What is an Audit?

An audit is an unbiased examination and evaluation of the financial statements of an organization with a view of expressing an opinion as to whether the financial statements show a true and fair view and are free from any material misstatements. There are two types of audit: internal and external audit.

What is an Internal Audit?

Internal audit is an independent, objective assurance and consulting activity designed to improve an organization’s operations and add value to it. Internal audit helps an organization achieve its objectives by systematically evaluating and improving upon the effectiveness of risk management, control, and governance processes.

In carrying out internal audit, a company’s internal controls would be evaluated as well as its corporate governance and accounting processes. The essence of the audit is to ensure compliance with laws and regulations and to also maintain proper and timely financial reporting and data collection. Internal audits also provide management with the tools necessary to attain operational efficiency by identifying problems and correcting lapses before they are discovered in an external audit.

Internal audit provides an independent assurance that an organisation’s risk management, governance and internal control processes are operating effectively. Internal Audit Department of an organization is tasked with the responsibility of carrying out independent unbiased reviews of systems, business organizations and processes.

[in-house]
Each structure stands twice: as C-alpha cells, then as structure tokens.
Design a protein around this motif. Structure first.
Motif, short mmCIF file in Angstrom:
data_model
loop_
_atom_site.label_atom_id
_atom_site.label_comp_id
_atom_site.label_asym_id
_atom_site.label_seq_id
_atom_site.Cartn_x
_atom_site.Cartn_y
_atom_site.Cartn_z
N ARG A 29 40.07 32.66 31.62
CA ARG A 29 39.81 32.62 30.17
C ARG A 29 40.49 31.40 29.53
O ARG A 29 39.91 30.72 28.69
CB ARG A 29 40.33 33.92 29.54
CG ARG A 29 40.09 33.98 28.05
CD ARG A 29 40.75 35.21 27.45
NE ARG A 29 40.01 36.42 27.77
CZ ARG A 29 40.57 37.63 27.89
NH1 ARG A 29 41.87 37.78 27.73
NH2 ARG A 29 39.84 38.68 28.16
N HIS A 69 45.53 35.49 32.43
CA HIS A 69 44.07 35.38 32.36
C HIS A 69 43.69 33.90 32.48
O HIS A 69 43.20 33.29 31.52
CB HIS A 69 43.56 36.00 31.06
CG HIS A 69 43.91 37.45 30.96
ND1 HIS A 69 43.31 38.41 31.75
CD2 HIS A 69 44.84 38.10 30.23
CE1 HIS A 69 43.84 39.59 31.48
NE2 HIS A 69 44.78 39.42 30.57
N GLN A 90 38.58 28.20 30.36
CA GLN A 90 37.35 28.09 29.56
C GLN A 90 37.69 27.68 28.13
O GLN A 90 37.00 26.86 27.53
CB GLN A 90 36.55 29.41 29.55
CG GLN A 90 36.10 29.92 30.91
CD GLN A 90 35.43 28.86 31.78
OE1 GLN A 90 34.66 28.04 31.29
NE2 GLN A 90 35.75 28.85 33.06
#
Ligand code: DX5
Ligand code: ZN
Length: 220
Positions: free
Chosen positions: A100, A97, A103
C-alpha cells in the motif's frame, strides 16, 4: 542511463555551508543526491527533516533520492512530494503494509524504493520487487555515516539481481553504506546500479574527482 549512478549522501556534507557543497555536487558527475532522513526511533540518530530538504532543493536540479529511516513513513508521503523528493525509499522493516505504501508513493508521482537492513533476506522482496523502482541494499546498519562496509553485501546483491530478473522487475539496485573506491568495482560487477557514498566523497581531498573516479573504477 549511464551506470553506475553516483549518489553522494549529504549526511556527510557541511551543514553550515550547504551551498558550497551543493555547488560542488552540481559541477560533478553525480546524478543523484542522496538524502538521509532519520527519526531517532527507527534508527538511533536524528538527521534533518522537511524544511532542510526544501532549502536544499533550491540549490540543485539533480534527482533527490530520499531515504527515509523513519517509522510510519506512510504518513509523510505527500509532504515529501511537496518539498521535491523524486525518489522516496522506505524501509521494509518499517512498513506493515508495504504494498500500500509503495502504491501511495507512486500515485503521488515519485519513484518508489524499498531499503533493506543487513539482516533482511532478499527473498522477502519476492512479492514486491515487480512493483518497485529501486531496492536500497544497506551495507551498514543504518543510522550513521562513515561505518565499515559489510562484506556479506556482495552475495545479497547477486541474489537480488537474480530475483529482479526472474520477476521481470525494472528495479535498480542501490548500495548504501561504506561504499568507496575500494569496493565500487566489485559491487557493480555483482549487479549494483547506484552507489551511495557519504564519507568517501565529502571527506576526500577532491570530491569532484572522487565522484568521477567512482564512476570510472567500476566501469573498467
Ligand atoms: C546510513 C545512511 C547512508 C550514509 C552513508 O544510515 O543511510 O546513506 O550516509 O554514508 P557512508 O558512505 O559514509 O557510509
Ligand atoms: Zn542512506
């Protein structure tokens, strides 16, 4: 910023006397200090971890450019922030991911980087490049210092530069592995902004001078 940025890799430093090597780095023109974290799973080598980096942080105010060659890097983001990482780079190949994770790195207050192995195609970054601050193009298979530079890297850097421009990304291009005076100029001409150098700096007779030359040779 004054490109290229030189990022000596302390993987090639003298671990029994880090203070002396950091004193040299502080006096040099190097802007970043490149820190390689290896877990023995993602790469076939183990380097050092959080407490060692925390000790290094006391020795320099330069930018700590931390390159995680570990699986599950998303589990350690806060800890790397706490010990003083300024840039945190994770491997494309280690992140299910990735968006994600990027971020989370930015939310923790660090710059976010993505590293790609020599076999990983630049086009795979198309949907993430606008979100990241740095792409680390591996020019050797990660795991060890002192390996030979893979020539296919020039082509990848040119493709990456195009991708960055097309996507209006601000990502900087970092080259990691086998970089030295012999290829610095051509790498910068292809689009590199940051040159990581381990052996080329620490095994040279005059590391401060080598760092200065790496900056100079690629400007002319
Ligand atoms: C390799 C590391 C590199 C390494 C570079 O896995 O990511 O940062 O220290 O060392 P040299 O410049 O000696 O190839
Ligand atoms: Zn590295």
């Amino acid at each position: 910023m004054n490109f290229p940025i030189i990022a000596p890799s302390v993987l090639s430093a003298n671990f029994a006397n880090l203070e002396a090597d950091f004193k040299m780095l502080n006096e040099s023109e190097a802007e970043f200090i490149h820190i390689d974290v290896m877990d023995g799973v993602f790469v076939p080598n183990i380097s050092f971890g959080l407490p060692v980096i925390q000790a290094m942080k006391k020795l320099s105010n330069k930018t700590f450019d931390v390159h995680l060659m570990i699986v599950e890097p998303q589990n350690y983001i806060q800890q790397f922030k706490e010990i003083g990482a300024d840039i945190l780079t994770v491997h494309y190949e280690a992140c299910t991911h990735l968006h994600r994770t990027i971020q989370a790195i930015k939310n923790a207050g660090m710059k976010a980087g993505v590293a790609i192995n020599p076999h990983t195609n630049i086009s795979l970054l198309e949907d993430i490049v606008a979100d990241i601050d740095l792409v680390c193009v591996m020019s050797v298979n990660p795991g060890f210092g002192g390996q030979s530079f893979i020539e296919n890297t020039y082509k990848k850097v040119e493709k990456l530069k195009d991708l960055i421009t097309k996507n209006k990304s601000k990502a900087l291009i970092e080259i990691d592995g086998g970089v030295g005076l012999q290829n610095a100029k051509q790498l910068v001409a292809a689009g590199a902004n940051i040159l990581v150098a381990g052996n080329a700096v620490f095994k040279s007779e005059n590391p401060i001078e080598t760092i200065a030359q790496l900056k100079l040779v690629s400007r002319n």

Internal Audit is a department or an organization of people within a company that is tasked with providing unbiased, independent reviews of systems, business organizations, and processes. The role of Internal Audit is to provide senior leaders and governing bodies of an organization an objective source of information regarding the organization’s risks, control environment, operational effectiveness, and compliance with applicable laws and regulations.

Internal auditors report to the organization’s senior leadership and their activities are directed by the CEO or Board of Directors through its Audit Committee. It is important for members of Internal Audit to be independent of internal politics and unbiased so they will be able to provide leadership with objective source of information. Under the direction of Audit Committee, Internal Audit works with management to systematically review control activities over critical systems and processes.